"You have the right to call me Jeff (which is in no way disrespectful because it is my given name), Sergeant, Sergeant Fenlason, or Fen (my nickname). that is your option by position. I display my courtesy to your position as a superior by addressing you by your rank. None of the examples I included above would be disrespectful towards me, nor would they be uncommon, nor would they violate any custom or protocol. My guess is that many senior NCO's routinely address their subordinates only by their last name i.e. "Go get me Jones". All I was asking was why shouldn't/couldn't I use "Go get me Fred" the same way? It also does not imply some form of lack of discipline as others have suggested. That would only be the case if using someones first name created an environment where the senior and subordinate engaged in other forms of behavior that diminished the standard.

One of the reasons that the Special Operations community consciously uses first names is to affirm the idea that as a professional and not just a rank I am counting on your contribution to the team and the mission. It's not the rank that matters, it's the competency and sense of mission accomplishment of the individual team members that determines the level of respect they enjoy."

Sergeant Major X's response troubles me. First, he claims it is disrespectful the Soldier to address them by their name. Second, he raises (as others did) the idea that by calling a Soldier Jeff instead of Fenlason I would somehow be opening the organization up to lesser form of discipline. That somehow the use of a first name versus the last has some affect on whether the Soldier does or doesn't do the right thing. Finally, and most importantly for me, I find his response to be hypocritical for I am positive that he does not address each subordinate by their rank every time, nor does always address them in a professional manner. I'm certain, having been in the profession for 20 years, that along the way, he has used only last names, or someones nickname, or even called a Soldier a disparaging term when angry or upset with their behavior. I know I have.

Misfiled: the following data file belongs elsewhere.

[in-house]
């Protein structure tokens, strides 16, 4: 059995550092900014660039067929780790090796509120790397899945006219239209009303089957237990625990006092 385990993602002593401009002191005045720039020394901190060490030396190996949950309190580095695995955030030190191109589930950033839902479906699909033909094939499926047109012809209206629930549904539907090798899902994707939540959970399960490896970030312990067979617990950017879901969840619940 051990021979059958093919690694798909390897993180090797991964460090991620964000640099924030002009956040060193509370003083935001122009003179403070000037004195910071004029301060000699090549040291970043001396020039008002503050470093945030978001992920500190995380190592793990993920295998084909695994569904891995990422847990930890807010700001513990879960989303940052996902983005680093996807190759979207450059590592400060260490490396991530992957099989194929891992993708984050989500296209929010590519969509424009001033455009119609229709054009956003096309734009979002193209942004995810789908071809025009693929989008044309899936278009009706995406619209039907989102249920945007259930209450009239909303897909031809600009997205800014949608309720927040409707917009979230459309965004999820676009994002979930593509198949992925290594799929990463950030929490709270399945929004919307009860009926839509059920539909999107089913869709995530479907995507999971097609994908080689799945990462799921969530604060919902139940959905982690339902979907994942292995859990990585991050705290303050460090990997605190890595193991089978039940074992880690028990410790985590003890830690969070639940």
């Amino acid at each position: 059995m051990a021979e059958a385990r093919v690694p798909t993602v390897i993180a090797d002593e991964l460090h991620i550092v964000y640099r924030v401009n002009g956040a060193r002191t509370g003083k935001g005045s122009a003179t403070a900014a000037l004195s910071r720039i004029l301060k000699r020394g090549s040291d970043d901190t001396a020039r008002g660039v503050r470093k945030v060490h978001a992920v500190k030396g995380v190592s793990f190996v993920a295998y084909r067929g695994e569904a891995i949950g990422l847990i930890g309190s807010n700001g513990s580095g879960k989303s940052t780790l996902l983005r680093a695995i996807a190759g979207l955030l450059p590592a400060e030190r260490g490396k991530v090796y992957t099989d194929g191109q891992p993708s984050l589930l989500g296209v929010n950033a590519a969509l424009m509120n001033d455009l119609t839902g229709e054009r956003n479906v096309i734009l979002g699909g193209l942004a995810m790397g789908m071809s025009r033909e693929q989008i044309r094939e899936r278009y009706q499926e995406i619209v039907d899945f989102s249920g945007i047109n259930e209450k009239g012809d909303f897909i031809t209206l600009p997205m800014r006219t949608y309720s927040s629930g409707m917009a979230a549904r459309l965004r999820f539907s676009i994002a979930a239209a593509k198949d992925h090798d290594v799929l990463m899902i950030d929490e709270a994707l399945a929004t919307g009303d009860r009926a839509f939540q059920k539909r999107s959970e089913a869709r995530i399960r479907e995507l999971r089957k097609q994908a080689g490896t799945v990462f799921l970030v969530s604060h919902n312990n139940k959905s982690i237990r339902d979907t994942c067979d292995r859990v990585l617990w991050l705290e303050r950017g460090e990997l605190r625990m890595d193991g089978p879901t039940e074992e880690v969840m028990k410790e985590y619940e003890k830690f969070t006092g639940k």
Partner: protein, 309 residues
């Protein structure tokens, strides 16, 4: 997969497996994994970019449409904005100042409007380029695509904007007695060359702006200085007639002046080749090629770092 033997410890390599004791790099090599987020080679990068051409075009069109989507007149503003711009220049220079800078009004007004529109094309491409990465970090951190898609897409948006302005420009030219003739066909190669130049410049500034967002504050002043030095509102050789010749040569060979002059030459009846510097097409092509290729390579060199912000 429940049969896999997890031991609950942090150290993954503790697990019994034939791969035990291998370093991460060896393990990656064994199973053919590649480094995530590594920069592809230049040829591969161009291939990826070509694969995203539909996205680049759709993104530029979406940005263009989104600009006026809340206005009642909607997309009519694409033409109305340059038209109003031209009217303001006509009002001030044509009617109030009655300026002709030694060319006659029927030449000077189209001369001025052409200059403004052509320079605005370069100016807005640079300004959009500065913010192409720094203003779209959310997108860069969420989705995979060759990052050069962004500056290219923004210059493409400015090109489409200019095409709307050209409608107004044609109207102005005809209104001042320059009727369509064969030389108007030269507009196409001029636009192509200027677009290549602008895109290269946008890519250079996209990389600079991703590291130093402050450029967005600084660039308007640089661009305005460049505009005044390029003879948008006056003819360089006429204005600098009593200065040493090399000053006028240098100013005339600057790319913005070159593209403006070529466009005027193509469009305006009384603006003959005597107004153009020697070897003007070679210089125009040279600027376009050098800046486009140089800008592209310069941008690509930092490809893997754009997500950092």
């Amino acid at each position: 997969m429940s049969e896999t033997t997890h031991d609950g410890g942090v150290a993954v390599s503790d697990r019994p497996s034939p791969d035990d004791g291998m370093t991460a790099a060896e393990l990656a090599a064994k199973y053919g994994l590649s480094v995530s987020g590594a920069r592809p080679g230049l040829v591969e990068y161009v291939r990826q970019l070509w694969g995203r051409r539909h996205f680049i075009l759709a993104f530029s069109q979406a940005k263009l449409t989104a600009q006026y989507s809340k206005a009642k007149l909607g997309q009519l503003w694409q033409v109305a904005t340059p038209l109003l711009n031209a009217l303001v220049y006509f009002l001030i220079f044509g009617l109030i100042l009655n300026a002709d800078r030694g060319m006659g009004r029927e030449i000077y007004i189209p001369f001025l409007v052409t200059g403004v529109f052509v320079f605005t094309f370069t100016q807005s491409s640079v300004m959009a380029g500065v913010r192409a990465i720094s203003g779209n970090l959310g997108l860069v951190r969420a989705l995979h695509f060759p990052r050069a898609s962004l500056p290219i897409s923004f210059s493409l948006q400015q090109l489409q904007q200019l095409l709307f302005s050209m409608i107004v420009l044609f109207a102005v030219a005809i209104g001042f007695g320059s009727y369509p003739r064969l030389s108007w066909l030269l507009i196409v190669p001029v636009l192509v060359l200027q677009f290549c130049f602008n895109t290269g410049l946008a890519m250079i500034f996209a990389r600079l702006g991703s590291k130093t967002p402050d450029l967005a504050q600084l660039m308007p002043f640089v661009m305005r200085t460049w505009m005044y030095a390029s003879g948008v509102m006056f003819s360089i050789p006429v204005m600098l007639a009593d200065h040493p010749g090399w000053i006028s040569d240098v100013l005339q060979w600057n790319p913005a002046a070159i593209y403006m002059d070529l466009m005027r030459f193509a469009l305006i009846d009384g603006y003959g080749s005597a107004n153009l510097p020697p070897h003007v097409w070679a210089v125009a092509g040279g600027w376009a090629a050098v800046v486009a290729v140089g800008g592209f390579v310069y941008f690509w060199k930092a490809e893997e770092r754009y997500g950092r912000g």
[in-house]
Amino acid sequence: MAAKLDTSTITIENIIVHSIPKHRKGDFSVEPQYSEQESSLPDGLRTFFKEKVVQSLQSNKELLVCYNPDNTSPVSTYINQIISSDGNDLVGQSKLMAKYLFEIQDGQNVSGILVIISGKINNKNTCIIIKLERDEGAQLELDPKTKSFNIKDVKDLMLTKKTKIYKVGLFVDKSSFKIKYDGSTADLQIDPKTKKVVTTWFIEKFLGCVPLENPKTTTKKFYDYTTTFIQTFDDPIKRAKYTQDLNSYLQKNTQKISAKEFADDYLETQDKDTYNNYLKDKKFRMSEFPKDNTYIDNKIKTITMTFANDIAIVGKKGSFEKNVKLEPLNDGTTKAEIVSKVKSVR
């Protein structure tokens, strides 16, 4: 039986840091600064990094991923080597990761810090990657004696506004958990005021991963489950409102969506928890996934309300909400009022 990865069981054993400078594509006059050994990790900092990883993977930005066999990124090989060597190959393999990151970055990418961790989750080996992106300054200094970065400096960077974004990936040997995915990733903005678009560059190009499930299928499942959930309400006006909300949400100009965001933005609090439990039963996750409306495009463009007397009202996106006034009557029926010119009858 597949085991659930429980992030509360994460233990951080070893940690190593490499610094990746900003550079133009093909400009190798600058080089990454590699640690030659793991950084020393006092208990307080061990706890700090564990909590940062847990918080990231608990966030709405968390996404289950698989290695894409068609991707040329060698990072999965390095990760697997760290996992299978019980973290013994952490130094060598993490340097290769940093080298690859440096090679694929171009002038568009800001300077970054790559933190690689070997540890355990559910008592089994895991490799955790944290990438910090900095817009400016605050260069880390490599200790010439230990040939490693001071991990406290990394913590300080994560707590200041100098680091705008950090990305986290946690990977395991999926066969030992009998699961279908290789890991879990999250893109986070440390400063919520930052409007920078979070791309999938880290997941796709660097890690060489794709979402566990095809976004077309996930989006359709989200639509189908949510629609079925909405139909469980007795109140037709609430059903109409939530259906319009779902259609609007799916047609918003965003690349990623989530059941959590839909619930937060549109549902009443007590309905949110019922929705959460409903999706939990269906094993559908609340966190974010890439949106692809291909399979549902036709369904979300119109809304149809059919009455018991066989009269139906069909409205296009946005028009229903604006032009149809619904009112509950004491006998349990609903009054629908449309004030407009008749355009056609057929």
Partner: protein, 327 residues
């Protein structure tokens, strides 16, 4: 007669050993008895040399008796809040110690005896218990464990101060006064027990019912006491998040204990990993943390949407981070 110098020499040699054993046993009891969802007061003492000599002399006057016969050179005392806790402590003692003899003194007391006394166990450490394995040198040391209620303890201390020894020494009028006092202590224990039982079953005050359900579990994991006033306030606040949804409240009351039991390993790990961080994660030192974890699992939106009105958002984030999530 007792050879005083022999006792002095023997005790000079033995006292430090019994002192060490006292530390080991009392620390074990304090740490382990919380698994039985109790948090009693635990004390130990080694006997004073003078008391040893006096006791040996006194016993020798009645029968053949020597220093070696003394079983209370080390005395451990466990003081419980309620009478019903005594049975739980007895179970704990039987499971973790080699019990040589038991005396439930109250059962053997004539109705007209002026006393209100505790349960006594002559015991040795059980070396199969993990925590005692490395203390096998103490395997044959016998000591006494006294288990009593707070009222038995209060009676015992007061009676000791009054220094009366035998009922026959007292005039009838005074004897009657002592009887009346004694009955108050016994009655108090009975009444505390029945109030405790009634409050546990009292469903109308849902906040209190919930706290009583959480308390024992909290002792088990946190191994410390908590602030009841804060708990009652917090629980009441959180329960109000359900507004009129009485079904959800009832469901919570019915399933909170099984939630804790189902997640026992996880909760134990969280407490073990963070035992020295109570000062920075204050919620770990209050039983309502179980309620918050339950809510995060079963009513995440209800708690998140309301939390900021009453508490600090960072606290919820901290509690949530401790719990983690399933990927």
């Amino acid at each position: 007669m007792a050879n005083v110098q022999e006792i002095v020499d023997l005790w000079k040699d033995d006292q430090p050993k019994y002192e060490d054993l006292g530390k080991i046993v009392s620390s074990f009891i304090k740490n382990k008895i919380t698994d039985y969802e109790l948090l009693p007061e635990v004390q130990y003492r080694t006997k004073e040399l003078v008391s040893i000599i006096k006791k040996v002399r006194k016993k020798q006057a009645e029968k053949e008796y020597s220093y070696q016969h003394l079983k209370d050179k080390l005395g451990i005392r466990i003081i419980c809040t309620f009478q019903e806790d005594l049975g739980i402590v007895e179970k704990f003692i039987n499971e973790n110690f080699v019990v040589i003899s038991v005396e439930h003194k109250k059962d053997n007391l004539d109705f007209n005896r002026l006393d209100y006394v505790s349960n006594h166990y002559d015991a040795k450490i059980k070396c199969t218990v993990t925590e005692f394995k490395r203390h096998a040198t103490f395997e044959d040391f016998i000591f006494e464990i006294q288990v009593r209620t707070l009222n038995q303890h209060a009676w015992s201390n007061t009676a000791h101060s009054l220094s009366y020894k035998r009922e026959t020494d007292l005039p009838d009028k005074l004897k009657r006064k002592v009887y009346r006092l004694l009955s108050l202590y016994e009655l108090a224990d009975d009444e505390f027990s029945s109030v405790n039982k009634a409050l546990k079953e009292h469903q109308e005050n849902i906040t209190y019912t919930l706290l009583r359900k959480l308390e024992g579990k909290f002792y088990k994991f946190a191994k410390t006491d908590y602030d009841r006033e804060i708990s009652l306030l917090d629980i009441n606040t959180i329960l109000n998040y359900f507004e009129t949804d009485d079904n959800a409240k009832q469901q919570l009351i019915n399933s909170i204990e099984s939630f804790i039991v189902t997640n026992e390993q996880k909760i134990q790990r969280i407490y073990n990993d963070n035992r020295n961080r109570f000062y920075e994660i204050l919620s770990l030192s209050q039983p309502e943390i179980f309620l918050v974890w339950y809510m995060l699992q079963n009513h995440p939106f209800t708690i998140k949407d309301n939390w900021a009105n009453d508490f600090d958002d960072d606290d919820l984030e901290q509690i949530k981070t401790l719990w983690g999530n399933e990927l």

Another Sergeant Major (I'll call her Sergeant Major Y) concluded her comment by stating:

"I agree with all the comments as you are opening yourself up for issues. Calling your peers (same rank) by first name should not be done in front of junior Soldiers, either. I challenge each NCO to get our NCO Corps back to the professional and disciplined Backbone of the Army!"

Ahhhh. I knew that one was coming. Somehow, someway, addressing a Soldier by their first name was going to be the death knoll of the NCO Corps. We have to get "back" to some time in the past when supposedly we were a more disciplined and professional force than we are now. I wonder exactly when that time was? Must have been before I joined. The Army of my earliest years was almost completely disrespectful to junior Soldiers and you were very likely to have an extremely degrading nickname....if they even let you have a name at all! Most of the time you were just called "Shit-bird" or some other colorful colloquialism. Ahh yes, the more disciplined and professional Army. Please lets get back to that. Now that I'm a senior NCO, it'll be fun to constantly degrade people. Must be, because my leaders sure did seem to find a lot of joy in it when I was coming up.

So now, two Sergeants Major have responded and stated that using someones given name is disrespectful to them, lowers the standard of the profession, reduces discipline and leads to some unknown-but-scary possibility of opening a leader up for 'issues'.

[By the way, the 'opening yourself up for issues' theme came up more than once although not one respondent could state what the 'issue' might be.]